Definite improvement. You do seem to have what I call the "shrimp" posture. You're upper body is collapsed a bit and your core is not engaged. If you use your stomach mucles to stabilize your seat, your upper body is free to grow tall and allow your shouders to open. Your stomach may hurt for awhile, but you'll see an instant improvement in your riding and your horse's movement.
    03-29-2010, 09:55 PM
I'm just going to pick on three things, and relate them to your effectiveness in the saddle.
The foremost, and most obvious thing that has been picked on is your hands - more accurately, your rein length. You need to carry your hands and keep them together and in front of you. The horse knows his job, you don't need to have your hands 5 miles apart from each other to get this horse's head down - you need leg. I would suggest bridging your reins and shortening them about a foot. Not like your foot, a 12" foot. You have long enough arms you can put your hands on the horse's neck.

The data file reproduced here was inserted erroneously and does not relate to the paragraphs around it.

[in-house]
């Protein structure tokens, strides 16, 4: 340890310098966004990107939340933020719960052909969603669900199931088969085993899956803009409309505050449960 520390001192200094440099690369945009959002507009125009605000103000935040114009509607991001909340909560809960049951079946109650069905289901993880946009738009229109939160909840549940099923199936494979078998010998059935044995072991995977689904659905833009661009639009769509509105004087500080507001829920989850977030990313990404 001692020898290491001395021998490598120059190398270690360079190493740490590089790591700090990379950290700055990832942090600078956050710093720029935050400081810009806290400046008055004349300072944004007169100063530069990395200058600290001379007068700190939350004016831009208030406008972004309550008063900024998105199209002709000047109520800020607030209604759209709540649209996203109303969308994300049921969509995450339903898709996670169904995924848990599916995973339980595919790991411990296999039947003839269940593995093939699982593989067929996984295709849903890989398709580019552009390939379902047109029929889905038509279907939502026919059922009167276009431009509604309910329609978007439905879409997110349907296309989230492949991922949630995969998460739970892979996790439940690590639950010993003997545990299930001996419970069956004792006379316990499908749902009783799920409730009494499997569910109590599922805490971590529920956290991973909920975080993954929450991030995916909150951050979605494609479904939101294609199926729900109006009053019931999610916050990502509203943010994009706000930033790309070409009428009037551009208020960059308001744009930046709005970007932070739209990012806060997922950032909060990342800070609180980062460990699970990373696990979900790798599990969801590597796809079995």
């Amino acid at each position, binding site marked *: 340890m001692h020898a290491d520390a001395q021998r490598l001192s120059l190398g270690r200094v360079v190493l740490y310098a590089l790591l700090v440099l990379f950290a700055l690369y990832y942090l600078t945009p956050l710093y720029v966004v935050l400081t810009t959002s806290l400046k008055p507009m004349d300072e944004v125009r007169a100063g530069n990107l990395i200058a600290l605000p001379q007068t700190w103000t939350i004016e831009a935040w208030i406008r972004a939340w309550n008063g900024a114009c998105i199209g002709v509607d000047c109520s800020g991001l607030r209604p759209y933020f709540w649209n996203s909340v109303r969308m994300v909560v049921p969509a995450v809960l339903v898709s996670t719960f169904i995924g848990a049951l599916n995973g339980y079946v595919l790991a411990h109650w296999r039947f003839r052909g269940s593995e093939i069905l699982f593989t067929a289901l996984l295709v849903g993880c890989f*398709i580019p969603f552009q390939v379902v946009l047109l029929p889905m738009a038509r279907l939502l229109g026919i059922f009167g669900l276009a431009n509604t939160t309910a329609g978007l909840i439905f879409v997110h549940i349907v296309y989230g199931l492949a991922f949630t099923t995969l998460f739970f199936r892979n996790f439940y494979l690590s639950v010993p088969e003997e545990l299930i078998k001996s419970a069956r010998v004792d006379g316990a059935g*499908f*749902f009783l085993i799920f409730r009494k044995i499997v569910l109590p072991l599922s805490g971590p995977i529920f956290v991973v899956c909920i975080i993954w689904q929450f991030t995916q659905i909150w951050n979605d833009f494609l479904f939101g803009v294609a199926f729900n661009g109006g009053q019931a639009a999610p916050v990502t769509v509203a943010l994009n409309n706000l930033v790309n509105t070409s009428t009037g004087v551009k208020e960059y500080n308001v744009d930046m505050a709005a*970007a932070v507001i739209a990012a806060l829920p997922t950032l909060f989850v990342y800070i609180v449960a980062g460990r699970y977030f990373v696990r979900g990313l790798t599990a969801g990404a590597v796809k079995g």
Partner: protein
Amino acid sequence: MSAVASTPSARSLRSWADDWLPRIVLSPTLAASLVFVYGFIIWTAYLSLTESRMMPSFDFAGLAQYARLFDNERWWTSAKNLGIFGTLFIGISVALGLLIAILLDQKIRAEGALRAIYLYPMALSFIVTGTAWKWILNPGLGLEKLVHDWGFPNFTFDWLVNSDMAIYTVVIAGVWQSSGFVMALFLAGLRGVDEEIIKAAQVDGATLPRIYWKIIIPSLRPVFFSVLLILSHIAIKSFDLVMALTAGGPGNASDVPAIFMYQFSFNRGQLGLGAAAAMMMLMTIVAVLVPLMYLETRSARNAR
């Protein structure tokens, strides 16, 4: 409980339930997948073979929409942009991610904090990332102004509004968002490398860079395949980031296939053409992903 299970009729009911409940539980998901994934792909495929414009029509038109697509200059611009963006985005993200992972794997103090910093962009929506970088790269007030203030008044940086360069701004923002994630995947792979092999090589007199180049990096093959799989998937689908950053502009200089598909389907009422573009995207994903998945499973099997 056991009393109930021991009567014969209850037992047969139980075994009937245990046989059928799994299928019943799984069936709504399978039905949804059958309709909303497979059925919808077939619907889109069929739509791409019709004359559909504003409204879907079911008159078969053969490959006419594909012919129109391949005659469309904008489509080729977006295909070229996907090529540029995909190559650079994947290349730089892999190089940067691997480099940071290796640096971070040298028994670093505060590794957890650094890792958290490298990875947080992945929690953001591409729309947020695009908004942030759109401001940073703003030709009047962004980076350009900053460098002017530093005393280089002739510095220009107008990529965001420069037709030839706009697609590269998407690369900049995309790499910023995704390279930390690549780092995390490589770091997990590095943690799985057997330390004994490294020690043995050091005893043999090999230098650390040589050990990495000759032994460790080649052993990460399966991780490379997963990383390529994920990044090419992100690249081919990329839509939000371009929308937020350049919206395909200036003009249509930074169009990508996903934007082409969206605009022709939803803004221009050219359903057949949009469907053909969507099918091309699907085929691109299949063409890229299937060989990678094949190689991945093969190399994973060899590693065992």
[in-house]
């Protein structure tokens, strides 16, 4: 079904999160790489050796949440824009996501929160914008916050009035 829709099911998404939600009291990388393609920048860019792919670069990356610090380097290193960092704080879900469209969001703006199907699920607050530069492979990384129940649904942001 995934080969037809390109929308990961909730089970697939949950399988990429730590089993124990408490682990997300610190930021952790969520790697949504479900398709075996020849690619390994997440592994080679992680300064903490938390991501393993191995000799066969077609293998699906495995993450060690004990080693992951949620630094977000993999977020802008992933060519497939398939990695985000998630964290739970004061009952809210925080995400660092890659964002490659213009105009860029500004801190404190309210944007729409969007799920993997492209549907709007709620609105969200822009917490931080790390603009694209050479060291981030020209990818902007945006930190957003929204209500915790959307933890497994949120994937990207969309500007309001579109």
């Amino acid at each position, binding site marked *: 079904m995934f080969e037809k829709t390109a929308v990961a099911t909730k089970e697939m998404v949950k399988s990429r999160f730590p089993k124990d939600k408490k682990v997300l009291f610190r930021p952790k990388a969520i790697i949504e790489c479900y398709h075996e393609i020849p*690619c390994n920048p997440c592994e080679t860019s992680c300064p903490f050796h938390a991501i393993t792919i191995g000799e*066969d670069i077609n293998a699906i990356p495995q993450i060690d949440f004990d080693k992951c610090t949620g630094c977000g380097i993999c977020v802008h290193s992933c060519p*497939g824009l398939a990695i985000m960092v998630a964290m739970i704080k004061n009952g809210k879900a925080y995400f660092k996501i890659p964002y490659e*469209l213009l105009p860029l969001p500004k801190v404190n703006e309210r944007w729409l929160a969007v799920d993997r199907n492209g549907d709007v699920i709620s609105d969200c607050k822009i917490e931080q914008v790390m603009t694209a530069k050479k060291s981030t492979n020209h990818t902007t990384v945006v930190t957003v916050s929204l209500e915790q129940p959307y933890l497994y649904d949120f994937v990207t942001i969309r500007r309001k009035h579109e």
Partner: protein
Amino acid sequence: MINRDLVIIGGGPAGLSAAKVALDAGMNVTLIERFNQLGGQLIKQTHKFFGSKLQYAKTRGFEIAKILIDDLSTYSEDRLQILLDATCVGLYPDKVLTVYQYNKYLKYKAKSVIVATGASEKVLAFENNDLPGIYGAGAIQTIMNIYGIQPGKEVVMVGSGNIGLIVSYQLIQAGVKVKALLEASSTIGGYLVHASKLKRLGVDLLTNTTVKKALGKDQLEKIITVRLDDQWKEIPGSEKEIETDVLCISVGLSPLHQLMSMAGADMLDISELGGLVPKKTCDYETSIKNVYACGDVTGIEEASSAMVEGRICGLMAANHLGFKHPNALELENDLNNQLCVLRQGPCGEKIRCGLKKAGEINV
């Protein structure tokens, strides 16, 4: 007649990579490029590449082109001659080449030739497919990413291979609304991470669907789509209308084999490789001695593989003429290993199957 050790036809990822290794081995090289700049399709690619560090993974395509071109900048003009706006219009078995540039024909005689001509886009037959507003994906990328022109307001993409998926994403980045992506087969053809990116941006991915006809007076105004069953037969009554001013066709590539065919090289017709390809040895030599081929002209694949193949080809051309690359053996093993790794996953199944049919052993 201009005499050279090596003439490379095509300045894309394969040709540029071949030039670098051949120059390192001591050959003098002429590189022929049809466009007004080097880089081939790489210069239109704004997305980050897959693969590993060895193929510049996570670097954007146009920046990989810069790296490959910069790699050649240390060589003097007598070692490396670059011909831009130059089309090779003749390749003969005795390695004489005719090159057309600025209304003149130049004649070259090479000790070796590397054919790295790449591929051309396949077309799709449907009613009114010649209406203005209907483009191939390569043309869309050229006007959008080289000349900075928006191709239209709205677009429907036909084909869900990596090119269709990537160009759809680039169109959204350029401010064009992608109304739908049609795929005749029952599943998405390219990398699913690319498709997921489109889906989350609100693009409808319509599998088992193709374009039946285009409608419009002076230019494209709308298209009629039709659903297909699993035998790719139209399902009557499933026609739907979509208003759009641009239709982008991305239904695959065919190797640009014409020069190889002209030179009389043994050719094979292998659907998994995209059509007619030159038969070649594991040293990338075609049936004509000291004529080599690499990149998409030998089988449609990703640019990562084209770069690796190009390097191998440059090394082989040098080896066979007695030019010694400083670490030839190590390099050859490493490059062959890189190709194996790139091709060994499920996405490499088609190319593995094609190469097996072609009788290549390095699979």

What this is going to do is force you to have an independent seat. Right now you are slouching with no tone through your abs or back. Like our horses when they are in a good frame - we need a positive tension in our position. Your shoulder blades must be flat against your back and your back must be flat - you also need to sit further towards the front of the saddle. From here - balance your head over top of your body and drive your shoulders down. It is a hard muscle group to explain but it is basically in the middle to bottom of your ribcage along your sides and back that you really need to engage.